The new German Government is up and running. The coalition of Social Democrats, Greens and Liberals brands itself a “climate Government”. They’ve agreed that Germany should exit coal-fired power earlier than planned – in 2030 if possible. And that much more renewable energy will be required to achieve that. So they’ve ambitious plans for the expansion of wind energy – both onshore and offshore.
The new Government wants to have 80% renewable electricity by 2030 compared to the earlier target of 65%. This is in line with the EU’s proposed new 40% renewable energy target for 2030. The new Government has also raised the electricity consumption expectation for 2030 to 680-750 TWh – which of course makes the 80% renewable electricity target even more ambitious.
Onshore wind expansion has slowed down in recent years in Germany due to planning and permitting bottlenecks. The new Government wants to speed up planning and make it easier for Germany’s Federal States to award permits. It also wants to set aside 2% of German territory for onshore wind. Some immediate action can be taken on military and aviation restrictions to free up several GW, but it will take a while time for reforms in permitting and planning to take effect.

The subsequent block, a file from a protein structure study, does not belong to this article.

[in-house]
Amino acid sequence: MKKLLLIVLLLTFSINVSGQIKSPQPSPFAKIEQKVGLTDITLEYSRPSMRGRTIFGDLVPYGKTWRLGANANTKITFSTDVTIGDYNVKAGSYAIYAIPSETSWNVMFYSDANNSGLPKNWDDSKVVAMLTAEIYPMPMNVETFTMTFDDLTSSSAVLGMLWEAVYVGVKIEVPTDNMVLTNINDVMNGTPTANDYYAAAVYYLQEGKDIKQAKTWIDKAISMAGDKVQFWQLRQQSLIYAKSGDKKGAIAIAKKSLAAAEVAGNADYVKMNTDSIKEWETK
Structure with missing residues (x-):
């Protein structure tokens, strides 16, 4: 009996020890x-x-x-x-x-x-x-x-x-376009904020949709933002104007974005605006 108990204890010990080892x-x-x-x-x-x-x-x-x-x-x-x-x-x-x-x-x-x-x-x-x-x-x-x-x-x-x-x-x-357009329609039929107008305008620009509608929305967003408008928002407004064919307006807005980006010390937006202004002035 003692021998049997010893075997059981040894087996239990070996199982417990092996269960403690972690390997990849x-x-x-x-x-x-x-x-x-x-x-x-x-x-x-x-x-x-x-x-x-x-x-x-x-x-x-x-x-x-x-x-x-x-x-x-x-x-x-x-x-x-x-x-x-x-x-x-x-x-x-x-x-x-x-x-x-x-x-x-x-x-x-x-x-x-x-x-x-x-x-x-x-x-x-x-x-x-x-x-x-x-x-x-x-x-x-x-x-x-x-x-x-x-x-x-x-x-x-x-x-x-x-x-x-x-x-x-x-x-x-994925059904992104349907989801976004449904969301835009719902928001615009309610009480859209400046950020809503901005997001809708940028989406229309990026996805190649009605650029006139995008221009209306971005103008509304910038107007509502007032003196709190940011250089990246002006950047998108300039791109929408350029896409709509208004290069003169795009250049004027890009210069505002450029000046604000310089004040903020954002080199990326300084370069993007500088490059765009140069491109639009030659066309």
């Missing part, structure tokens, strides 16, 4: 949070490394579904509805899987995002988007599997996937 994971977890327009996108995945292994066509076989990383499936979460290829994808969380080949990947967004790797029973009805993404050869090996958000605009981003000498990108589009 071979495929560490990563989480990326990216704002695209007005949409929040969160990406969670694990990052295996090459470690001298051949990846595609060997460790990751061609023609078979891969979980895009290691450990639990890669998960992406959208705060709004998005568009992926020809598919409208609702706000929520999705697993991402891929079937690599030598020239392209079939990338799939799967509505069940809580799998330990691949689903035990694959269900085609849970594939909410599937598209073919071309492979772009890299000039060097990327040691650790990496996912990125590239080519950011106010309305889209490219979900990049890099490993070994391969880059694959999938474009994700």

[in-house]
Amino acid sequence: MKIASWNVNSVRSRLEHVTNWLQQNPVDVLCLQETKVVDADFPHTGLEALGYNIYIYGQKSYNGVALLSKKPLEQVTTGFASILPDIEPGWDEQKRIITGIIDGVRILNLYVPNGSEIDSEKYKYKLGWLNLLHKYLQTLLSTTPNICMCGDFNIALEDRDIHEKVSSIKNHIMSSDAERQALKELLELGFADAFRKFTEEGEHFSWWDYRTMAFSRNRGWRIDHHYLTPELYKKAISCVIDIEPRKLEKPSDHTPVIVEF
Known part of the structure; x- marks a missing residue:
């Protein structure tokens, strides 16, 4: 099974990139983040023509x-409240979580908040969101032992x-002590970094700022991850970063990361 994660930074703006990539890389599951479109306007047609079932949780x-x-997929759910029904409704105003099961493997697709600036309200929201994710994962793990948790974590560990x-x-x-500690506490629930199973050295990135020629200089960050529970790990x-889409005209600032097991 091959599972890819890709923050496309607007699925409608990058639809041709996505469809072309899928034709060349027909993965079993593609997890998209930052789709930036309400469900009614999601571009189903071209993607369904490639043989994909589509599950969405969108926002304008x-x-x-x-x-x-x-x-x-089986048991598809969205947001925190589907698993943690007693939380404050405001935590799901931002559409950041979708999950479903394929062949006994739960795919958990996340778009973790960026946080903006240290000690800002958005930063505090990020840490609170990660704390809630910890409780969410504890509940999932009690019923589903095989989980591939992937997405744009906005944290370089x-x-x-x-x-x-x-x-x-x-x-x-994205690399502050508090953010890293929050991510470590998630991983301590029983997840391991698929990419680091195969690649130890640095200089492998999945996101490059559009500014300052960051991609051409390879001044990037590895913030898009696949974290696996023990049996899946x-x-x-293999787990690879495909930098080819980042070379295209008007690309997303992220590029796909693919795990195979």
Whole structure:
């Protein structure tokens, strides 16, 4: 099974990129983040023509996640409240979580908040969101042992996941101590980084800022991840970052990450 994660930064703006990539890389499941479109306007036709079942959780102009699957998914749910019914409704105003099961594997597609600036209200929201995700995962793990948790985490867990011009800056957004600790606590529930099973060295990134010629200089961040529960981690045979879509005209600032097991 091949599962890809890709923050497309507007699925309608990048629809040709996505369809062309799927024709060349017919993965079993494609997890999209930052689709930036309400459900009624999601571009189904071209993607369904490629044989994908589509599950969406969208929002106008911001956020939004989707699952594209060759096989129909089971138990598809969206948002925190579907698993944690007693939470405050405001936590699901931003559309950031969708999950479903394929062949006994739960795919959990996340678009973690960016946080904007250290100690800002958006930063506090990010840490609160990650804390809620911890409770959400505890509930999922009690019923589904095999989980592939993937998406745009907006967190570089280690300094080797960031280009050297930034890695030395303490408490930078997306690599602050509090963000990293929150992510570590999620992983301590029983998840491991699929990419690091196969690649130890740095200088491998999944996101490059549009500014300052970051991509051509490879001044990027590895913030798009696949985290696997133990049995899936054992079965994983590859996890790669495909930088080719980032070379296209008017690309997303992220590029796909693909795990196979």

The new Government also aims to simplify permitting for the repowering of existing wind farms. This really matters in Germany – more than 8GW of their 55 GW onshore wind is already older than 20 years.
And the Government have significantly upgraded Germany’s offshore wind ambitions. They have raised the 2030 target from 20 GW to 30 GW. And they want 40GW by 2035 and 70GW by 2045. Today Germany has 7.7GW of offshore wind.
What about a new target for onshore wind? Well, the Government expect onshore wind to bridge the gap between all the other renewables (including offshore wind) and the 80% renewable electricity target. This means in practice that Germany will need between 85 and 125 GW of onshore wind by 2030. Today they have 56 GW.
WindEurope CEO Giles Dickson says: “The new German Government has very promising new ambitions for wind energy. It is excellent that they recognise the problems with the permitting on onshore wind and are determined to tackle them – and to facilitate the repowering of existing wind farms. It is also good that the Government wants to reserve 2% of German territory for onshore wind. And that they have raised the offshore wind target for 2030.”